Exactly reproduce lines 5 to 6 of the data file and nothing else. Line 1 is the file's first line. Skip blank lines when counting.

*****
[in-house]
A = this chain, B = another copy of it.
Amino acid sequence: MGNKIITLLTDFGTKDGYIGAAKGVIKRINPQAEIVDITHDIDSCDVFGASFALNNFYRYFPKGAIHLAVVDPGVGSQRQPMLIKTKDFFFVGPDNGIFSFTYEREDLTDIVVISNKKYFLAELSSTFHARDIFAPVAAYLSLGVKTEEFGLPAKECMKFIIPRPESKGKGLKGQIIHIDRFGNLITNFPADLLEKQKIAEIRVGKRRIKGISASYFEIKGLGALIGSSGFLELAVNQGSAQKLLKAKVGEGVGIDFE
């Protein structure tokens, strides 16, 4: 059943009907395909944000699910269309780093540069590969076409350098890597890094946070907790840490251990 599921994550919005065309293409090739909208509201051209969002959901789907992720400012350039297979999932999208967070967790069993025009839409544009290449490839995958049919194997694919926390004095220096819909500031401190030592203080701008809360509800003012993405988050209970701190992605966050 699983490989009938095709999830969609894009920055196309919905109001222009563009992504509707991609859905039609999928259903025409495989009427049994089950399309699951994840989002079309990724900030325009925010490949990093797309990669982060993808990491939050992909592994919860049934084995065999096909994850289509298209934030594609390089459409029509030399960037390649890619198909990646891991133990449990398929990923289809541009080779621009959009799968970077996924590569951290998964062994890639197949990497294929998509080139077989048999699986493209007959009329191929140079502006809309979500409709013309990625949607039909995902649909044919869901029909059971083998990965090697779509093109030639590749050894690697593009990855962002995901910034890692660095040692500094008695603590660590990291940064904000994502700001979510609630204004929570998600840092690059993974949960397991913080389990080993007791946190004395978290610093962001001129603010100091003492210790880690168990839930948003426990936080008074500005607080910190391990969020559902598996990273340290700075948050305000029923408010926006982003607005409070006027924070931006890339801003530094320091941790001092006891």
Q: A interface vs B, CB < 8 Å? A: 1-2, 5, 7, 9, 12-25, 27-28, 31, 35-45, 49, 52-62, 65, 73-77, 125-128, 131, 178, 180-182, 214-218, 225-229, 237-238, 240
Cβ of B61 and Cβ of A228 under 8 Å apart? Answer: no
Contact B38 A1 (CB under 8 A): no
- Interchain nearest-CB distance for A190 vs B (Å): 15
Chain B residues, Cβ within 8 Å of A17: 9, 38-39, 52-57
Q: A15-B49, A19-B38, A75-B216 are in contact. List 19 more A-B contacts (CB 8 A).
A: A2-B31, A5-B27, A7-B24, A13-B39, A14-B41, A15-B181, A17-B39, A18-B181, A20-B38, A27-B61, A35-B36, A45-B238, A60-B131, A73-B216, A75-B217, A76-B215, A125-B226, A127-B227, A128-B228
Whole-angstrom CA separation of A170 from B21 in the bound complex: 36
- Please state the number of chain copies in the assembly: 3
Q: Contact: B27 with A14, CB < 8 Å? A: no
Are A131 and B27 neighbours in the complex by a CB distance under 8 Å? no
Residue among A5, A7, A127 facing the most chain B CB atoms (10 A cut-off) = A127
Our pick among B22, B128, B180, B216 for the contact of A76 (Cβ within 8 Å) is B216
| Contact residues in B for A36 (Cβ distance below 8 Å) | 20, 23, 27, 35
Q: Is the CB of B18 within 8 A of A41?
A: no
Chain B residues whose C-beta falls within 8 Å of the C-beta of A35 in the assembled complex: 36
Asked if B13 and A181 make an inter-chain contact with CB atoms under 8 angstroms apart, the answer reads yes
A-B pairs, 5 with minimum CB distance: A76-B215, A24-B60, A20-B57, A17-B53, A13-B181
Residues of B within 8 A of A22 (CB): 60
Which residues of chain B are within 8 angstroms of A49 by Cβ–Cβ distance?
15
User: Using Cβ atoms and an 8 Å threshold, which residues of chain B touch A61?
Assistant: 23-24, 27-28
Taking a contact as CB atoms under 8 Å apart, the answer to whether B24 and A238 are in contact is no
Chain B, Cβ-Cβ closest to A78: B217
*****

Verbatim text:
Q: A interface vs B, CB < 8 Å? A: 1-2, 5, 7, 9, 12-25, 27-28, 31, 35-45, 49, 52-62, 65, 73-77, 125-128, 131, 178, 180-182, 214-218, 225-229, 237-238, 240
Cβ of B61 and Cβ of A228 under 8 Å apart? Answer: no